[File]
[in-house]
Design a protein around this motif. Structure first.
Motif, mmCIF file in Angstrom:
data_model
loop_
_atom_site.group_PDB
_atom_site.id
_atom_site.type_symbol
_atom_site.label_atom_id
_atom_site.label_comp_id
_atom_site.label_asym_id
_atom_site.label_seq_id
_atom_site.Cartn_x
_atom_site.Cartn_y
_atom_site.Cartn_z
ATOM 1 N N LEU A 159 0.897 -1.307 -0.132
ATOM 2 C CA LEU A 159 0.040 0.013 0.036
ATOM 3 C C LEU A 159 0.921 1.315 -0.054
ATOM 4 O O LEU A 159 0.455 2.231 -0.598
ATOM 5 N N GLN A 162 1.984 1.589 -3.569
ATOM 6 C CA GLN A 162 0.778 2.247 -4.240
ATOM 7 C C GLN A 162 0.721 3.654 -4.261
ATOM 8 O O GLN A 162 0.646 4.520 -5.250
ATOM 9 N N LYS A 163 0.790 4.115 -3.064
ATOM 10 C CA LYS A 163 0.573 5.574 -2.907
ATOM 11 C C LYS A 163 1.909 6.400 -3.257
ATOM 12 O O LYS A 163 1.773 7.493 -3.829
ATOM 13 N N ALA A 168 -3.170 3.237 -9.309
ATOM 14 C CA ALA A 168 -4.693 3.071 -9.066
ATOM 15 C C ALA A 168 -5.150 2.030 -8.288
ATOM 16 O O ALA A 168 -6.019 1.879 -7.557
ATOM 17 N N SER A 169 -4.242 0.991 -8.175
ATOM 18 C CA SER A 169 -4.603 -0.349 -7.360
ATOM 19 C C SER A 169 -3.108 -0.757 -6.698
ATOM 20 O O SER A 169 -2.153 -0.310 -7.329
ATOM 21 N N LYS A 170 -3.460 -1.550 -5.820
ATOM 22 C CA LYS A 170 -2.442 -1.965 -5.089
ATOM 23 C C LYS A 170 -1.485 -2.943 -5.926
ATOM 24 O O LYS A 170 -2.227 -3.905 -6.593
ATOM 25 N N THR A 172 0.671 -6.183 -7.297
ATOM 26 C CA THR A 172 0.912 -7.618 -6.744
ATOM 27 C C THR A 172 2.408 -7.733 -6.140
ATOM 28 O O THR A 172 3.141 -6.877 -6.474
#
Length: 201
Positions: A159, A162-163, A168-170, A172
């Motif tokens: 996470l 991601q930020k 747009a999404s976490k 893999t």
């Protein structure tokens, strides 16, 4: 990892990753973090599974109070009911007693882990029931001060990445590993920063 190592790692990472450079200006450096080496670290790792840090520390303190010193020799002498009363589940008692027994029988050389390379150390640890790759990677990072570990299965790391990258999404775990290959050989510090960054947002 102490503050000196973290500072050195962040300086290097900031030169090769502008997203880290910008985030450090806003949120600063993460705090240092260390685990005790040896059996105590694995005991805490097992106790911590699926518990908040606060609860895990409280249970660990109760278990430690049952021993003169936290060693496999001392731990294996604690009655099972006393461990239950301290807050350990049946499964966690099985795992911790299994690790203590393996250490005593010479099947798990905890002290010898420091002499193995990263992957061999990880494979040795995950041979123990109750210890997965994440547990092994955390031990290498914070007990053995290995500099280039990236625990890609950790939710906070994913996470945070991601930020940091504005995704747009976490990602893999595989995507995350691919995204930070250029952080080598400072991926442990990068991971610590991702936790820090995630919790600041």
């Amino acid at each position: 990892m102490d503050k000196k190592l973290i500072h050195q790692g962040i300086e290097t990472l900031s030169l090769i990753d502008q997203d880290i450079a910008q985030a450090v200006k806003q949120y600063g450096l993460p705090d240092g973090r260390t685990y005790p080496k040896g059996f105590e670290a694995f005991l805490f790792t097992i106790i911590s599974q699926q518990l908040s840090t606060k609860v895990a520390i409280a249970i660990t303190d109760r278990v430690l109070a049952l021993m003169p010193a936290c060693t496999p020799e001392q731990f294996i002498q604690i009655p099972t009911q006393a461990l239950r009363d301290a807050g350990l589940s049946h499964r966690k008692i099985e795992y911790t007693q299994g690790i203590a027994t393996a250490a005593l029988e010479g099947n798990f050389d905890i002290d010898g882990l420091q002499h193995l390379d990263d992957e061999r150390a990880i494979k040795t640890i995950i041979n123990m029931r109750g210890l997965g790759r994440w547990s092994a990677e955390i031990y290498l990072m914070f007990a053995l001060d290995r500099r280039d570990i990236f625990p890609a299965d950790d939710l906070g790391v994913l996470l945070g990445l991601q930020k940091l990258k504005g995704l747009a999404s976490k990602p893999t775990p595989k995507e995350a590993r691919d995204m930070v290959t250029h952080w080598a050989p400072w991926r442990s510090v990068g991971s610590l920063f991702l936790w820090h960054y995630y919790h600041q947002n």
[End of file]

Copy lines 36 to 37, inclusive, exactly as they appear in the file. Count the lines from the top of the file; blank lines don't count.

ATOM 21 N N LYS A 170 -3.460 -1.550 -5.820
ATOM 22 C CA LYS A 170 -2.442 -1.965 -5.089